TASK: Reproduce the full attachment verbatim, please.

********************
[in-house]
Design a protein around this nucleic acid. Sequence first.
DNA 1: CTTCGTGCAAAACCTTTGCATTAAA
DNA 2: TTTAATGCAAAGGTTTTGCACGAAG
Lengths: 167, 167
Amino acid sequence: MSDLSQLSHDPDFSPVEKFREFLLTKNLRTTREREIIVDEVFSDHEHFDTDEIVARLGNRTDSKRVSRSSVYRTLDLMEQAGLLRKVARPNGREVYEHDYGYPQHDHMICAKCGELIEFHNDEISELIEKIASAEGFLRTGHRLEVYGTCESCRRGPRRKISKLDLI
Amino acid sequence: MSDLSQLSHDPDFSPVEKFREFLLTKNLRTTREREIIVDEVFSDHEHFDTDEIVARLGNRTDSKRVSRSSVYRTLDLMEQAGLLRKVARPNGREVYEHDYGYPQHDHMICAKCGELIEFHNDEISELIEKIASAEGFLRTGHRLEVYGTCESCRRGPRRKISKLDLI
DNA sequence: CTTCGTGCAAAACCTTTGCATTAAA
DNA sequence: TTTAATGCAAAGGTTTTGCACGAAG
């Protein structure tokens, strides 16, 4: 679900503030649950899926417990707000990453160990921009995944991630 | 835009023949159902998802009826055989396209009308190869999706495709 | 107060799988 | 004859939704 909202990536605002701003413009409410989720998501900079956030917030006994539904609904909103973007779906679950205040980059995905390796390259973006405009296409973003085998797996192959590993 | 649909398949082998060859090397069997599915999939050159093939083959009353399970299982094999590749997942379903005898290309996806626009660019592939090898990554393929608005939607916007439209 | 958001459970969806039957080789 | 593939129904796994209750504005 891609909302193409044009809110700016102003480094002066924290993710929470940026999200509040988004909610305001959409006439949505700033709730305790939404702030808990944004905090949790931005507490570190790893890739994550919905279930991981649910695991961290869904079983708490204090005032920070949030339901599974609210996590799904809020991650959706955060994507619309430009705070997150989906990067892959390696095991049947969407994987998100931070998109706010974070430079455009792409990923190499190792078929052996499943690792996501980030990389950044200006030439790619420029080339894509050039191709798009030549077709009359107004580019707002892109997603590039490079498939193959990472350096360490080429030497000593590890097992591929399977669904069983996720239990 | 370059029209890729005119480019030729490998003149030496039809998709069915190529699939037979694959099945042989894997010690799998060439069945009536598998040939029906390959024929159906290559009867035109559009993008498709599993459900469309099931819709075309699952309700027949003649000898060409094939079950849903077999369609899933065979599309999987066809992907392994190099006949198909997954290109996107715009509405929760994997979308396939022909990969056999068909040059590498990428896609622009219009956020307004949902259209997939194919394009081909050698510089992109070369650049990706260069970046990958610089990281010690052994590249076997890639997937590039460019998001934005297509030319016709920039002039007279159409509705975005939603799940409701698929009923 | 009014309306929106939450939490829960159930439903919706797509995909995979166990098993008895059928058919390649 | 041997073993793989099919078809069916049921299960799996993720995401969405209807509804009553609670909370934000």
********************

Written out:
[in-house]
Design a protein around this nucleic acid. Sequence first.
DNA 1: CTTCGTGCAAAACCTTTGCATTAAA
DNA 2: TTTAATGCAAAGGTTTTGCACGAAG
Lengths: 167, 167
Amino acid sequence: MSDLSQLSHDPDFSPVEKFREFLLTKNLRTTREREIIVDEVFSDHEHFDTDEIVARLGNRTDSKRVSRSSVYRTLDLMEQAGLLRKVARPNGREVYEHDYGYPQHDHMICAKCGELIEFHNDEISELIEKIASAEGFLRTGHRLEVYGTCESCRRGPRRKISKLDLI
Amino acid sequence: MSDLSQLSHDPDFSPVEKFREFLLTKNLRTTREREIIVDEVFSDHEHFDTDEIVARLGNRTDSKRVSRSSVYRTLDLMEQAGLLRKVARPNGREVYEHDYGYPQHDHMICAKCGELIEFHNDEISELIEKIASAEGFLRTGHRLEVYGTCESCRRGPRRKISKLDLI
DNA sequence: CTTCGTGCAAAACCTTTGCATTAAA
DNA sequence: TTTAATGCAAAGGTTTTGCACGAAG
């Protein structure tokens, strides 16, 4: 679900503030649950899926417990707000990453160990921009995944991630 | 835009023949159902998802009826055989396209009308190869999706495709 | 107060799988 | 004859939704 909202990536605002701003413009409410989720998501900079956030917030006994539904609904909103973007779906679950205040980059995905390796390259973006405009296409973003085998797996192959590993 | 649909398949082998060859090397069997599915999939050159093939083959009353399970299982094999590749997942379903005898290309996806626009660019592939090898990554393929608005939607916007439209 | 958001459970969806039957080789 | 593939129904796994209750504005 891609909302193409044009809110700016102003480094002066924290993710929470940026999200509040988004909610305001959409006439949505700033709730305790939404702030808990944004905090949790931005507490570190790893890739994550919905279930991981649910695991961290869904079983708490204090005032920070949030339901599974609210996590799904809020991650959706955060994507619309430009705070997150989906990067892959390696095991049947969407994987998100931070998109706010974070430079455009792409990923190499190792078929052996499943690792996501980030990389950044200006030439790619420029080339894509050039191709798009030549077709009359107004580019707002892109997603590039490079498939193959990472350096360490080429030497000593590890097992591929399977669904069983996720239990 | 370059029209890729005119480019030729490998003149030496039809998709069915190529699939037979694959099945042989894997010690799998060439069945009536598998040939029906390959024929159906290559009867035109559009993008498709599993459900469309099931819709075309699952309700027949003649000898060409094939079950849903077999369609899933065979599309999987066809992907392994190099006949198909997954290109996107715009509405929760994997979308396939022909990969056999068909040059590498990428896609622009219009956020307004949902259209997939194919394009081909050698510089992109070369650049990706260069970046990958610089990281010690052994590249076997890639997937590039460019998001934005297509030319016709920039002039007279159409509705975005939603799940409701698929009923 | 009014309306929106939450939490829960159930439903919706797509995909995979166990098993008895059928058919390649 | 041997073993793989099919078809069916049921299960799996993720995401969405209807509804009553609670909370934000």